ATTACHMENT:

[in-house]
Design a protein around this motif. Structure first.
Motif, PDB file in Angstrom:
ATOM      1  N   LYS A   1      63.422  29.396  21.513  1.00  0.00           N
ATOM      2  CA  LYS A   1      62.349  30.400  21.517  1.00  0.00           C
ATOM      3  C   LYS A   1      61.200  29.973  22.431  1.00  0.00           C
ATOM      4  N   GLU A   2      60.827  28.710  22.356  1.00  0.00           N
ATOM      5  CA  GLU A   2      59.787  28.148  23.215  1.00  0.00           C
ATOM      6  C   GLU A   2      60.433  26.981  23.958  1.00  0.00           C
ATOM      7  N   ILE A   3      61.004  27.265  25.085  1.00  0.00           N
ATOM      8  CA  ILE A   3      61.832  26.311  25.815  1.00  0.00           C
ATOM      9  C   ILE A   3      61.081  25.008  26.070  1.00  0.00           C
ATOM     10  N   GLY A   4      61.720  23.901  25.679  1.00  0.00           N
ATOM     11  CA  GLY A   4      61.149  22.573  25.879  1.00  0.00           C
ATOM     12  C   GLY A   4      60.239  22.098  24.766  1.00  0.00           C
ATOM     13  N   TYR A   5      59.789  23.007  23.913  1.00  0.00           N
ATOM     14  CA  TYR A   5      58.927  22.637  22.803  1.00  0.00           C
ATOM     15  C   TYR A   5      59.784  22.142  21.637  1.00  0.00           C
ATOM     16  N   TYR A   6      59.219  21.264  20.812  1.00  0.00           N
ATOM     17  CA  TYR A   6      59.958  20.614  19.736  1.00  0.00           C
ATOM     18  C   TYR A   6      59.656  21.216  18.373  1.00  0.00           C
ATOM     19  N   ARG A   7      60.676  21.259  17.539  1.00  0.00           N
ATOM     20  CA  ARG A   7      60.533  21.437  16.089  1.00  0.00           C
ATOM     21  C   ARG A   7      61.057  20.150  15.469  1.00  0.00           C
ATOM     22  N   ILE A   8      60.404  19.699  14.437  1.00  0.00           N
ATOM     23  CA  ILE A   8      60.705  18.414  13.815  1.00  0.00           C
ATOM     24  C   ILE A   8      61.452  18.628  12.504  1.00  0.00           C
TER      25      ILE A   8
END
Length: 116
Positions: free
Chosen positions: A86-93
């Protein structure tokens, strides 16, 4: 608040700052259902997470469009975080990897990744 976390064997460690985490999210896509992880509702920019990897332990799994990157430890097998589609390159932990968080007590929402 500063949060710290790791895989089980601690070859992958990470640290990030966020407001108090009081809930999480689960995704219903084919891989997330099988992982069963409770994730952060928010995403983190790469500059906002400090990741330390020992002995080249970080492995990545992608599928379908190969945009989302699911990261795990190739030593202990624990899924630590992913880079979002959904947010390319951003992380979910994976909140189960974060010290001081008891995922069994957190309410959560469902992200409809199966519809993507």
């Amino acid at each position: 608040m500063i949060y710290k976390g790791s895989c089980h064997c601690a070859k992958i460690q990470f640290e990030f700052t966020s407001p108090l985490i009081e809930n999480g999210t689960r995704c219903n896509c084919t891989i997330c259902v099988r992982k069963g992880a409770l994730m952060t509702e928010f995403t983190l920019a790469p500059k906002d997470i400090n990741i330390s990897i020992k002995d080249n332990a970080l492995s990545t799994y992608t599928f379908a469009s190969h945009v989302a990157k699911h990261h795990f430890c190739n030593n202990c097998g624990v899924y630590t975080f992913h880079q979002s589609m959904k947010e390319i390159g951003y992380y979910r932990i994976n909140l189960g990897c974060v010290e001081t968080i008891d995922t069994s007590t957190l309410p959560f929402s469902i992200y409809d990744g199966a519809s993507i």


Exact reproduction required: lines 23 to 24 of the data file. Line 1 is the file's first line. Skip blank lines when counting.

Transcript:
ATOM     20  CA  ARG A   7      60.533  21.437  16.089  1.00  0.00           C
ATOM     21  C   ARG A   7      61.057  20.150  15.469  1.00  0.00           C